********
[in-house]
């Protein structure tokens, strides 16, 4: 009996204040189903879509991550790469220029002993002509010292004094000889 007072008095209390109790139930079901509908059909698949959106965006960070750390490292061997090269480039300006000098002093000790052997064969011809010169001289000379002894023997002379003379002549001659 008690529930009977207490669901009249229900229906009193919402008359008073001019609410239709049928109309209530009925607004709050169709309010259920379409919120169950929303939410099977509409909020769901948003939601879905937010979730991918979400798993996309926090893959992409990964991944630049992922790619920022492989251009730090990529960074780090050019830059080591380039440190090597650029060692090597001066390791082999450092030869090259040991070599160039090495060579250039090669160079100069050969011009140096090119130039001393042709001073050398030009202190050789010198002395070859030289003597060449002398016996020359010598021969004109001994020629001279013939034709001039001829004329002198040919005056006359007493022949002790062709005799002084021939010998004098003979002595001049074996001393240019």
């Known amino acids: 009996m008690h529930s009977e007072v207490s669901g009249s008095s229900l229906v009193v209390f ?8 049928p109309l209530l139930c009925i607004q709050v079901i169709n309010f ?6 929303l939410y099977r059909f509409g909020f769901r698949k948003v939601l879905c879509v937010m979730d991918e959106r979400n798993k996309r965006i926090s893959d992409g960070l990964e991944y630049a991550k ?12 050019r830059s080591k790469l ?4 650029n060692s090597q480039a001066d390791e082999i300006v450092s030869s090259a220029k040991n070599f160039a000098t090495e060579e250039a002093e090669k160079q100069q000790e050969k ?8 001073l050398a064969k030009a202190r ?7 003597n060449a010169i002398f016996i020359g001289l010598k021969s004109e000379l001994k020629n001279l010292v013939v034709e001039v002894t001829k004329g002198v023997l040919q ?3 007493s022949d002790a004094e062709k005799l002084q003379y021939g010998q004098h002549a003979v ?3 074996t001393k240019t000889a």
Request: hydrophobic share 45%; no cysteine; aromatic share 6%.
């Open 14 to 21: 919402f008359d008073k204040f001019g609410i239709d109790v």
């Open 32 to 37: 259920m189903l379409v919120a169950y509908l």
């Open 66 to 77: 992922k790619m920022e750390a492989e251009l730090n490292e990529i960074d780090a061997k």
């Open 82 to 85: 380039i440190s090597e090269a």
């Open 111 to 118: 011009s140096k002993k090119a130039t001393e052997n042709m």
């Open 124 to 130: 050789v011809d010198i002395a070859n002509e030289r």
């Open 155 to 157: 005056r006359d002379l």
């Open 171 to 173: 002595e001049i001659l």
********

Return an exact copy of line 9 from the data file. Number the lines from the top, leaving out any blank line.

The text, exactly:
């Open 111 to 118: 011009s140096k002993k090119a130039t001393e052997n042709m």